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Tandy Residence

Carol Highsmith, LOC
Carol Highsmith, Prints and Photographs Collection, Library of Congress

This luxury residence in the Westwood Hills suburb of Fort Worth, the wealthiest part of Texas in the 1960s, was commissioned by Anne Valliant Burnett Tandy, rancher, philanthropist, and heiress – reportedly the richest woman in the United States. She commissioned the 22,000-square-foot compound for living and entertaining, and for exhibition of her extensive art collection. Pei envisioned it as a house museum along the lines of the gracious Isabella Stewart Gardner Museum in Boston.

The house was executed in architectural concrete, of which Pei was an acknowledged master. It is vertically bush-hammered on the exterior to reveal warm pink-brown feldspar aggregates from Colorado Springs. While the exterior is largely closed for security, the board-formed concrete interior opens to its garden setting with balconies and landscaped terraces that integrate yet separate its various functions. A large, sloped skylight and clerestory windows complement and give focus to the art works displayed.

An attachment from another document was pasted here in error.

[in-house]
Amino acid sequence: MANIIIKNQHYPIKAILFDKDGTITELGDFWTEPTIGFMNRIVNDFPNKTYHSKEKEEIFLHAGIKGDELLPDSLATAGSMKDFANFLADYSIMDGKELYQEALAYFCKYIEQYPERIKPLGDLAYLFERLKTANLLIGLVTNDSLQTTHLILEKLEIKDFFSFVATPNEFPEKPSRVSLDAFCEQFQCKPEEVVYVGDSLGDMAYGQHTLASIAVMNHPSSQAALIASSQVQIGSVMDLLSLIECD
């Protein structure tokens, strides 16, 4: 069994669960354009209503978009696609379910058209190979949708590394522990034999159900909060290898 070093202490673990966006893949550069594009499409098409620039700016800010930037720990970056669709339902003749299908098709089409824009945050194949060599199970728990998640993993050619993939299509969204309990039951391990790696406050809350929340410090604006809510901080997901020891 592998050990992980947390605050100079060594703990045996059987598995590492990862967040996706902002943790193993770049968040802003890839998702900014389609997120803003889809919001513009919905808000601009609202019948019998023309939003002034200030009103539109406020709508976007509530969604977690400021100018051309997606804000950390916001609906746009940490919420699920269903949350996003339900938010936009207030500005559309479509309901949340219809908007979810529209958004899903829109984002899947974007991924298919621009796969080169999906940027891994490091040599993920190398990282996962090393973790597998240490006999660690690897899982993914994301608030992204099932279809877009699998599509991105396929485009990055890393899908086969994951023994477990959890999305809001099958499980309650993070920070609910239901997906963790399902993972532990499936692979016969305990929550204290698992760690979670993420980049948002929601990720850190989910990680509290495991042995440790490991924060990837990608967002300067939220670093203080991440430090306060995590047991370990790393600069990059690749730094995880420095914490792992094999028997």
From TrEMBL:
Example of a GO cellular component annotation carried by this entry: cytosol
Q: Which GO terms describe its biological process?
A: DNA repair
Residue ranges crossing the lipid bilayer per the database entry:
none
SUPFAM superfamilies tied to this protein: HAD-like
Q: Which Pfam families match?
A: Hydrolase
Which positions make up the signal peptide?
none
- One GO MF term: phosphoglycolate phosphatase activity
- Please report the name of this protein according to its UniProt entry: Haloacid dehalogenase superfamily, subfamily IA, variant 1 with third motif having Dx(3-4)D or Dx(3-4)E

North, east elevations / Courtesy of Pei Cobb Freed & Partners

Pei accepted this commission in his early days in Dallas, when he was just beginning work on a large municipal complex that would ultimately become Dallas City Hall. Dallas was then a tight-knit community of prominent city leaders; Pei perhaps imagined the house museum as a local foothold. But when “Miss Anne” focused on small matters of interior design and directed Pei to design a shoe closet, he felt the project strayed too far from its lofty cultural aspirations and turned it over to local architects for completion. One of only three executed private residences designed by Pei, he disowned it from his body of work.

Design Team: I.M. Pei, Design Partner; Dale Booher, Design Architect
I.M. Pei & Associates